Civil Warriors boasts a companion educational curriculum for 11th grade classrooms, co-written by Lehman Alternative Community School Social Studies teacher Bronwen Exter and Ithaca College Director of Programs and Outreach, as well as Civil Warriors narrator, Dr. Sean Eversley Bradwell. The curriculum addresses the need to teach students how to assess the quality of source material, to draw lessons from historical events, and to make informed observations about how the past informs the present. The goal is to produce learners who are able to take up the work of documenting stories and history from their own communities, and who are able to participate in civil society with clear, informed eyes.

We made Civil Warriors for many reasons, but our biggest hope is that it can help make a difference in how educators and students approach the study of history, the analysis of contemporary society, and the task of telling their own stories.

In the words of Civil Warriors narrator Bradwell: “History is not just what we choose to retell. History is also what we choose to recover."

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This post was written by Ken C. Hill, Community Manager/Outreach Coordinator at PhotoSynthesis Productions, writing on behalf of the PSP/Civil Warriors team.

Ithaca is ICY—Winter Carnivals in Tompkins County

Isaac Sobers' horse and cutter, Verne Morton Collection, The History Center in Tompkins County

Isaac Sobers' horse and cutter, Verne Morton Collection, The History Center in Tompkins County

Tompkins County’s 2017 cold season has started off with a whimper, so it’s hard to believe that the first winter carnivals are upon us, with both Trumansburg (December 2) and Ithaca (Ithaca's Ice Festival is December 7-9) celebrating theirs in early December. Winter carnivals are long-standing area traditions that celebrate the activities that come with plunging temperatures—ice skating and hockey on frozen ponds and sometimes even Cayuga Lake, sledding down great hills of snow, making snow forts and even ice sculptures, and of course enjoying seasonal comfort foods.

“Winter festivals can be a particularly joyous opportunity for communities to come together and forget about their to-do lists,” notes folklorist Hannah Davis, the upstate regional representative for the New York Folklore Society. In winters past, carnivals would have been a welcome break from agricultural chores, including carving blocks of ice for food preservation. Millie Sherwood grew up on her family’s farm in Freeville. She recalled her wonderment about ice carved in winter surviving through the summer:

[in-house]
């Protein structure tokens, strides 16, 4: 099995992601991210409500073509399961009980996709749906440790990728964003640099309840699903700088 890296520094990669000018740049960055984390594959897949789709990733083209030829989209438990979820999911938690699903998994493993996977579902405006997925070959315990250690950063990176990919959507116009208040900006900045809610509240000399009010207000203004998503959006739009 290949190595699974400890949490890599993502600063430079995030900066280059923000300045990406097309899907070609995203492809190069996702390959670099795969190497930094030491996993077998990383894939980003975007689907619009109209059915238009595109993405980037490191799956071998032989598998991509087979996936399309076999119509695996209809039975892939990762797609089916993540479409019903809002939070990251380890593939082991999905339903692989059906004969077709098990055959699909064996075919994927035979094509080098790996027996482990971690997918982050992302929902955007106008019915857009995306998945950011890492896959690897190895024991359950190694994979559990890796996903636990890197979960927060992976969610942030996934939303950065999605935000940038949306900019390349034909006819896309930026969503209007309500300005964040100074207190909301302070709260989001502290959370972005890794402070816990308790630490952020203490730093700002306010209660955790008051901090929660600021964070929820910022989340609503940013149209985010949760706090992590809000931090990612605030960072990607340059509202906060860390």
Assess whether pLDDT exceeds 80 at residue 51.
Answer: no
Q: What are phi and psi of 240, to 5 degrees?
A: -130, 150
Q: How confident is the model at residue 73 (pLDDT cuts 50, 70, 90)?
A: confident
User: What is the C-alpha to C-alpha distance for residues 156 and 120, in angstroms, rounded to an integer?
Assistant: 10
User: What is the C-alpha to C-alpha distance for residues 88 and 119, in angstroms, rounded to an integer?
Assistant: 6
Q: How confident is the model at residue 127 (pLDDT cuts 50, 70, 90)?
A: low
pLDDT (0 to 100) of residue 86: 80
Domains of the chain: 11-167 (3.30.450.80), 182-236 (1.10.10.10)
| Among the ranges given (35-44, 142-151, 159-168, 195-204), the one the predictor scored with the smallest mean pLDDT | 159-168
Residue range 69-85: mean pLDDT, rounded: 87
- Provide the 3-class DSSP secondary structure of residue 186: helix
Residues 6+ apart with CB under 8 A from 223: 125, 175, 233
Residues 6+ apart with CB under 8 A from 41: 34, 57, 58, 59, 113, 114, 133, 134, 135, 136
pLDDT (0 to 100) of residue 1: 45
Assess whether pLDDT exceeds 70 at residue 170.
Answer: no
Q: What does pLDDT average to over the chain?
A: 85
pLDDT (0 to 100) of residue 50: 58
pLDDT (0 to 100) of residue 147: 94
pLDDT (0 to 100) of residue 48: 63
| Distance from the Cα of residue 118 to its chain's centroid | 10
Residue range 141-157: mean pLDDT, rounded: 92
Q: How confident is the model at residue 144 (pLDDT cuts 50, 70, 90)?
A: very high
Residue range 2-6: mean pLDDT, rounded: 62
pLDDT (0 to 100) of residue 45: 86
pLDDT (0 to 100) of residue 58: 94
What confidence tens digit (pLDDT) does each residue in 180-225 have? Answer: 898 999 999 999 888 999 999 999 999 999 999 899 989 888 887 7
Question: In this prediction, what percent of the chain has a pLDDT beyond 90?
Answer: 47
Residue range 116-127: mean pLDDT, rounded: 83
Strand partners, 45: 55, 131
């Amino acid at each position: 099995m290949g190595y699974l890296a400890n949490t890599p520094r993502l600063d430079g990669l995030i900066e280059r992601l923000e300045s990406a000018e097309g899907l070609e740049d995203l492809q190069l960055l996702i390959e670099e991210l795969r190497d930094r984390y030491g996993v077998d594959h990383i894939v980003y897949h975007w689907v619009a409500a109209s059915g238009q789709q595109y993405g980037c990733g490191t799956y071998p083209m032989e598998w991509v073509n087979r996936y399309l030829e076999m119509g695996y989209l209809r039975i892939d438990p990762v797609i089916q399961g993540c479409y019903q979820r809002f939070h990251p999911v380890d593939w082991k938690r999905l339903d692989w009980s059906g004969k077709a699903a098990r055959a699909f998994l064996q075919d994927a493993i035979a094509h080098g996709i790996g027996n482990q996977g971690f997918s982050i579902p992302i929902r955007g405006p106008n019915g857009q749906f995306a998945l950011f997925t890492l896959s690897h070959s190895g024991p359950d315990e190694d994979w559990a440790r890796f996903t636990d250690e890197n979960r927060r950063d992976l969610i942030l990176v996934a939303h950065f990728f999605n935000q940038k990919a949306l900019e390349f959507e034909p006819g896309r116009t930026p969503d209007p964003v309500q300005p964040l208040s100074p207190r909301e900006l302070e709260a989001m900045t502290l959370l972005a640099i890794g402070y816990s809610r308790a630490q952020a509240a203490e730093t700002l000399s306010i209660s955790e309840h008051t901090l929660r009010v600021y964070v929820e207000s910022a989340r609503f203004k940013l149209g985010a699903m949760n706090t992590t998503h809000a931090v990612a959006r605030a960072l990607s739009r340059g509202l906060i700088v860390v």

“The ice for the refrigeration before electric refrigerators . . . came from blocks cut during the winter from the pond on the farm and nestled away under layers of sawdust in the icehouse until called for in the summer months. To this day I cannot quite fathom how ice can last for months encased in nothing more exotic than sawdust, but there it was in August, to be hoisted out and cut into the right size for the icebox, then swung by the large ice tongs into a little red wagon to be trundled home and put to good use. Of course there was always a bit chipped off for us to munch on along the way.”

Though ice carving had its practical uses, it has also been a festive feature of winter carnivals. The long-standing and vaunted Montreal Winter Carnival has inspired a number of regional imitators. The January 1884 carnival, for example, consisted of “ten thousand blocks of ice . . . used in the construction of the ice palaces,” reported the Ithaca Daily Journal.

Such winter festivals have roots in both native and immigrant traditions. “Some wintertime events, like Christkindlmarkts and similarly styled craft sales, are easy to attach to the traditions of European immigrant groups,” explains folklorist Davis. “But every community has seasonal celebrations. The Haudenosaunee, for example, gather to play snow snake, a throwing game, in the winter months.”

Read on for some noted winter carnivals that have marked the winters of seasons past in Tompkins County.

Ad for Junior Week Winter Carnival, Cornell Daily Sun, February 6, 1905

Cornell’s Winter Carnival

From the early 1900s through the 1940s, Cornell hosted an active Winter Carnival on Beebe Lake during Junior Week. It involved ice skating and tobogganing and included ice hockey and ice skating exhibitions.

Ithaca Journal, February 4, 1965

Ithaca Journal, February 4, 1965

Ithaca’s Winter Weekend

Beebe Lake skaters (above) prepare for Ithaca’s first Winter Weekend in February 1965. The festival included a roster of active winter activities, including ice skating races, a snow and ice sculpture competition, hockey games, and a figure skating exhibition.

Ithaca Journal, February 2, 1987

Ithaca Journal, February 2, 1987

The State Park’s Winterfest

The Finger Lakes State Park sponsored an annual Winterfest in the late 1970s to 1980s at Robert H. Treman State Park. Activities included cross-country ski lessons, ice sculptures, and sleigh rides.

Ithaca Journal, January 19, 1984

Ithaca Journal, January 19, 1984

Winterfest in Trumansburg

Trumansburg’s WinterFest has been staged for 22 years. On the town’s Main Street visitors enjoy food, music, and shopping. Past festivals have offered sleigh rides, a tree-lighting ceremony, and a visit from Santa.

Groton Winterfest

The Groton Winterfest first took place in 2002 and included carnival fare and kids crafts.

Ithaca’s Light in Winter

Though defunct, this mid-winter festival merged art, music, and science to shine a light on the season. It began in 2004 and even included an ice-climbing exhibition on a cliff near Vann Natta’s Dam on Six Mile Creek that year.

Share your photos of winter carnivals past to include in the winter carnival gallery. Email to pat@historicithaca.org or post on Facebook @IthacaHeritage with the hashtag #WinterCarnivals.